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Abu Dhabi, UAESaturday 20 October 2018

World Economic Forum: Technological shifts to create 58 million extra jobs by 2022

Far more optimistic forecast expects automation and AI to augment work of humans over next four years

Contrary to a previous report, the WEF says 58 million jobs will be created by changing technology. Getty Images
Contrary to a previous report, the WEF says 58 million jobs will be created by changing technology. Getty Images

Shifting trends in technology will create 58 million extra jobs by 2022 rather than replace humans in the workplace, a World Economic Forum report has said.

In a far more optimistic assessment of the future jobs market than has previously been put forward, the WEF's The Future of Jobs 2018 report found shifting technological trends, like automation and the adoption of artificial intelligence, would displace some jobs, but also create new ones.

In the first half of the year, the WEF surveyed chief human resources officers and top strategy executives from large multinationals across 12 industries and 20 developed and emerging economies for the report.

Emerging-roles-New
Emerging-roles-New

The findings this year are far more optimistic than the WEF's last report in 2015, when they forecast a net loss of 5.1 million jobs by 2020 as a result of disruptive labour market changes.

The WEF now says that while 75 million jobs may be displaced by a shift in the division of labour between humans, machines and algorithms, 133 million new roles may emerge “that are more adapted to this”.

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As it stands now, 71 per cent of work task hours are performed by humans, compared to 29 per cent by machines. By 2022, this is expected to shift to 58 per cent by humans and 42 per cent by machines.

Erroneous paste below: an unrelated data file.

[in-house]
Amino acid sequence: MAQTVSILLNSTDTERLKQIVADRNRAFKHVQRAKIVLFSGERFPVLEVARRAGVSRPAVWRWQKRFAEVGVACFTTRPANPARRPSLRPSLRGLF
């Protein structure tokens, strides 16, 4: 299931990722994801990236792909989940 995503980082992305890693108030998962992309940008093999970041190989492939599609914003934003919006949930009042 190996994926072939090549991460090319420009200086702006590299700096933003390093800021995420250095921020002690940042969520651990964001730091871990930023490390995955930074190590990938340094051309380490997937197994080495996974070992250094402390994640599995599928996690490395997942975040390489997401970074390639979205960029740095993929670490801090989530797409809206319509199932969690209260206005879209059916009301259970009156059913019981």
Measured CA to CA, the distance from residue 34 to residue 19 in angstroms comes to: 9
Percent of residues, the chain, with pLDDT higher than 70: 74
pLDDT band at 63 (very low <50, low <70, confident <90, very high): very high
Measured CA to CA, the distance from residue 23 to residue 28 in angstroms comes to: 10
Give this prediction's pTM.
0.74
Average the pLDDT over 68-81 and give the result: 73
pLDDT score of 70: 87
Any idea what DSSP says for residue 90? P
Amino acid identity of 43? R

“Companies need to complement their automation plans with comprehensive augmentation strategies," said Saadia Zahidi, head of the WEF's Centre for the New Economy and Society.

"For businesses to remain dynamic, differentiated and competitive in an age of machines, they must in fact invest in their human capital. There is both a moral and economic imperative to do so.

"Without proactive approaches, businesses and workers may lose out on the economic potential of the Fourth Industrial Revolution.”

The jobs forecast to be most redundant by 2022 are middle-skilled white collar roles, including: data entry, accounting and teller positions; however, there will be increased demand for human resource professionals, data analysts and scientists, software and app developers and social media specialists, particularly in the Middle East and North Africa.

The most-widespread technologies that employers say they are adopting include: big data, machine learning, the Internet of Things and app- and web-enabled markets.

Eighty-nine per cent of employers are likely to automate tasks, with 84 per cent saying they are likely to hire new staff with the skills to match these technologies.

Skills that are likely to be in demand in the Middle East by 2022 are critical thinking, creativity and emotional intelligence.

The report also found that the roles that increased in demand the most between 2013 and 2017 are software engineers and marketing specialists, while demand for accountants and assistants has declined the most.

There will be a significant shift in the quality, location, format and permanency of new roles, it said.

“Businesses are set to expand their use of contractors doing task-specialised work, engage workers in more flexible arrangements, utilise remote staffing and modify the locations where their organisation operates to ensure access to talent,” the report said.